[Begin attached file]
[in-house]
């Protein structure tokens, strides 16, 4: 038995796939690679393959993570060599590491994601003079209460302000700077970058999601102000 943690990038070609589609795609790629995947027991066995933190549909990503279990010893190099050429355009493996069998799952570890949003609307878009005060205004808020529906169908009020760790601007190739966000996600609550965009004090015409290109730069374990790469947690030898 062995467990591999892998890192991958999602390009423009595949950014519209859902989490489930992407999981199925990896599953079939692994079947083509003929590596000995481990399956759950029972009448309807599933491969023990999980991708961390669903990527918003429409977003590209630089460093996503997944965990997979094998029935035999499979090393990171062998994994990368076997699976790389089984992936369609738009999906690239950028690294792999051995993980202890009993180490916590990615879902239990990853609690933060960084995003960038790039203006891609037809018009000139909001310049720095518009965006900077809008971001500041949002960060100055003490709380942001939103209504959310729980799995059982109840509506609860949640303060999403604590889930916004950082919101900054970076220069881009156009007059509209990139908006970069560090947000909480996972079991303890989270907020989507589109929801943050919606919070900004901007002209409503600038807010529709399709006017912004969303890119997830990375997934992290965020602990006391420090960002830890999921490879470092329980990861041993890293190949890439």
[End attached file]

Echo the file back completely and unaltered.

[in-house]
């Protein structure tokens, strides 16, 4: 038995796939690679393959993570060599590491994601003079209460302000700077970058999601102000 943690990038070609589609795609790629995947027991066995933190549909990503279990010893190099050429355009493996069998799952570890949003609307878009005060205004808020529906169908009020760790601007190739966000996600609550965009004090015409290109730069374990790469947690030898 062995467990591999892998890192991958999602390009423009595949950014519209859902989490489930992407999981199925990896599953079939692994079947083509003929590596000995481990399956759950029972009448309807599933491969023990999980991708961390669903990527918003429409977003590209630089460093996503997944965990997979094998029935035999499979090393990171062998994994990368076997699976790389089984992936369609738009999906690239950028690294792999051995993980202890009993180490916590990615879902239990990853609690933060960084995003960038790039203006891609037809018009000139909001310049720095518009965006900077809008971001500041949002960060100055003490709380942001939103209504959310729980799995059982109840509506609860949640303060999403604590889930916004950082919101900054970076220069881009156009007059509209990139908006970069560090947000909480996972079991303890989270907020989507589109929801943050919606919070900004901007002209409503600038807010529709399709006017912004969303890119997830990375997934992290965020602990006391420090960002830890999921490879470092329980990861041993890293190949890439």